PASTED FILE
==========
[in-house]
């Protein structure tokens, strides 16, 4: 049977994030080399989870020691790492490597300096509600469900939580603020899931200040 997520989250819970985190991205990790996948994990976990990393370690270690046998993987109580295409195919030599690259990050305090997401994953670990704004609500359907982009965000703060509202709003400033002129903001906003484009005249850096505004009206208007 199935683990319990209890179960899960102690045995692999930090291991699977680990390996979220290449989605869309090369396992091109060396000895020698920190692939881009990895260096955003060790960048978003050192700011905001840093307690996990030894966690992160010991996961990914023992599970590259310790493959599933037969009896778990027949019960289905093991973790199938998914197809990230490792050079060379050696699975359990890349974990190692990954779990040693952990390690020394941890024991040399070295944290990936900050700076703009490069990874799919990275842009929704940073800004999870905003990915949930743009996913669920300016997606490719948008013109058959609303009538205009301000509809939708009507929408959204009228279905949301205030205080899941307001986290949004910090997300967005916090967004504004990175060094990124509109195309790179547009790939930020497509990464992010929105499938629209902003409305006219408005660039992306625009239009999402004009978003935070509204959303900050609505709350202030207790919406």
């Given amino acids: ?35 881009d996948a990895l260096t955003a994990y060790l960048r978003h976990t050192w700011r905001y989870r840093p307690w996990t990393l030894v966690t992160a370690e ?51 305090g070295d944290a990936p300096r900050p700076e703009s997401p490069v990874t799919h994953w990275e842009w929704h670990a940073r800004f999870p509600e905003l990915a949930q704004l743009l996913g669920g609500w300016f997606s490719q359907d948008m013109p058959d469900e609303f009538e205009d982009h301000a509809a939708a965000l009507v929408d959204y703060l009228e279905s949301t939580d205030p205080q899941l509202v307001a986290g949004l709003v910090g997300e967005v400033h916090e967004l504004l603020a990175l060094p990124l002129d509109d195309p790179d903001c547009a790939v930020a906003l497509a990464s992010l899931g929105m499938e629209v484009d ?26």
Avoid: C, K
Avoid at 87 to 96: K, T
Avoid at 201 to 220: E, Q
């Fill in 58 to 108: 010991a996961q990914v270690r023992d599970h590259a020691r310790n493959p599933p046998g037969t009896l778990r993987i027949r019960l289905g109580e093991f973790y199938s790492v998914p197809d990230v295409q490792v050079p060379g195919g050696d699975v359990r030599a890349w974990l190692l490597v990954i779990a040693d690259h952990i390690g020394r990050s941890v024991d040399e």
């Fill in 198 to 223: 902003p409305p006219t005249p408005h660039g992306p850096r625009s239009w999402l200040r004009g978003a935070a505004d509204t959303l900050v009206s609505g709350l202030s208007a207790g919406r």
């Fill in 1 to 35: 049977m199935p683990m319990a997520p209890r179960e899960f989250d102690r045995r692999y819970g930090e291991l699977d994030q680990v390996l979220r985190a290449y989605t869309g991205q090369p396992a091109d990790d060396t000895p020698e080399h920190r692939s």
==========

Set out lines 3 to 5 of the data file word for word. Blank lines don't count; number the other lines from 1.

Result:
């Given amino acids: ?35 881009d996948a990895l260096t955003a994990y060790l960048r978003h976990t050192w700011r905001y989870r840093p307690w996990t990393l030894v966690t992160a370690e ?51 305090g070295d944290a990936p300096r900050p700076e703009s997401p490069v990874t799919h994953w990275e842009w929704h670990a940073r800004f999870p509600e905003l990915a949930q704004l743009l996913g669920g609500w300016f997606s490719q359907d948008m013109p058959d469900e609303f009538e205009d982009h301000a509809a939708a965000l009507v929408d959204y703060l009228e279905s949301t939580d205030p205080q899941l509202v307001a986290g949004l709003v910090g997300e967005v400033h916090e967004l504004l603020a990175l060094p990124l002129d509109d195309p790179d903001c547009a790939v930020a906003l497509a990464s992010l899931g929105m499938e629209v484009d ?26």
Avoid: C, K
Avoid at 87 to 96: K, T